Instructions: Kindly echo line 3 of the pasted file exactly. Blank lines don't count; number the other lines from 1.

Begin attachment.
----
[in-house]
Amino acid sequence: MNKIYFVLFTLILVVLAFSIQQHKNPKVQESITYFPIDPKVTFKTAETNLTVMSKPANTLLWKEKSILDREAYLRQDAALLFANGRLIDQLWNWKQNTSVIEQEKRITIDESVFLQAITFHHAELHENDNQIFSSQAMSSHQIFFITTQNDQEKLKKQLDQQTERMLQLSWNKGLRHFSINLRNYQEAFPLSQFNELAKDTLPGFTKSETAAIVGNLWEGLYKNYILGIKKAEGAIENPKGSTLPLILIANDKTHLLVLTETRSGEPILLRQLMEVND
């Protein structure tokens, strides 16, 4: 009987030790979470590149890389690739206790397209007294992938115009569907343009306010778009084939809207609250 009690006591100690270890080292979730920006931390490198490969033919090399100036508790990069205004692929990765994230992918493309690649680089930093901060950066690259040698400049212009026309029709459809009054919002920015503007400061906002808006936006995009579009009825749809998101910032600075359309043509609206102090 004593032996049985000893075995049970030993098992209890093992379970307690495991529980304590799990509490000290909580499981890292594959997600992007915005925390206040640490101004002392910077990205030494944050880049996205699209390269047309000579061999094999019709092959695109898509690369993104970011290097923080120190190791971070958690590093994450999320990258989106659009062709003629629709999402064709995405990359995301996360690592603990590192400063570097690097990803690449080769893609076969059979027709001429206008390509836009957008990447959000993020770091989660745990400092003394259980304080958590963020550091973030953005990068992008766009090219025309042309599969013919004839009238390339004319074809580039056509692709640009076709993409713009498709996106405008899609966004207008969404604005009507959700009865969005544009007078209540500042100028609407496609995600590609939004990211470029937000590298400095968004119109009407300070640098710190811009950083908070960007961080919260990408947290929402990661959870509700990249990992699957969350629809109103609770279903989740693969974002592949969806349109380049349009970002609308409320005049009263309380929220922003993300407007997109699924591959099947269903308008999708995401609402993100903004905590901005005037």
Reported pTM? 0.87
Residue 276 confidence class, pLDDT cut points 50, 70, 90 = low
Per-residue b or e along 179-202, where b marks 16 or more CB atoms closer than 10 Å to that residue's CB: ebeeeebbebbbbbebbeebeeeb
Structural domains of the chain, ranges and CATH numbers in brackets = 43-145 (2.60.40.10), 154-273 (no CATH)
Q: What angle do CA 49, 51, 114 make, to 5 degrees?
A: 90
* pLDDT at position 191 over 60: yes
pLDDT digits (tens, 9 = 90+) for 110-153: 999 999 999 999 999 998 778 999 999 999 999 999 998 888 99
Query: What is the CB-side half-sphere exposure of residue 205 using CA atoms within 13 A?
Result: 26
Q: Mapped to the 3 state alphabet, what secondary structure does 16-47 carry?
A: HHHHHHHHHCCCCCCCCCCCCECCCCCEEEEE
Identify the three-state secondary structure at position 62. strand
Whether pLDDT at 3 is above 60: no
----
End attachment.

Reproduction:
């Protein structure tokens, strides 16, 4: 009987030790979470590149890389690739206790397209007294992938115009569907343009306010778009084939809207609250 009690006591100690270890080292979730920006931390490198490969033919090399100036508790990069205004692929990765994230992918493309690649680089930093901060950066690259040698400049212009026309029709459809009054919002920015503007400061906002808006936006995009579009009825749809998101910032600075359309043509609206102090 004593032996049985000893075995049970030993098992209890093992379970307690495991529980304590799990509490000290909580499981890292594959997600992007915005925390206040640490101004002392910077990205030494944050880049996205699209390269047309000579061999094999019709092959695109898509690369993104970011290097923080120190190791971070958690590093994450999320990258989106659009062709003629629709999402064709995405990359995301996360690592603990590192400063570097690097990803690449080769893609076969059979027709001429206008390509836009957008990447959000993020770091989660745990400092003394259980304080958590963020550091973030953005990068992008766009090219025309042309599969013919004839009238390339004319074809580039056509692709640009076709993409713009498709996106405008899609966004207008969404604005009507959700009865969005544009007078209540500042100028609407496609995600590609939004990211470029937000590298400095968004119109009407300070640098710190811009950083908070960007961080919260990408947290929402990661959870509700990249990992699957969350629809109103609770279903989740693969974002592949969806349109380049349009970002609308409320005049009263309380929220922003993300407007997109699924591959099947269903308008999708995401609402993100903004905590901005005037």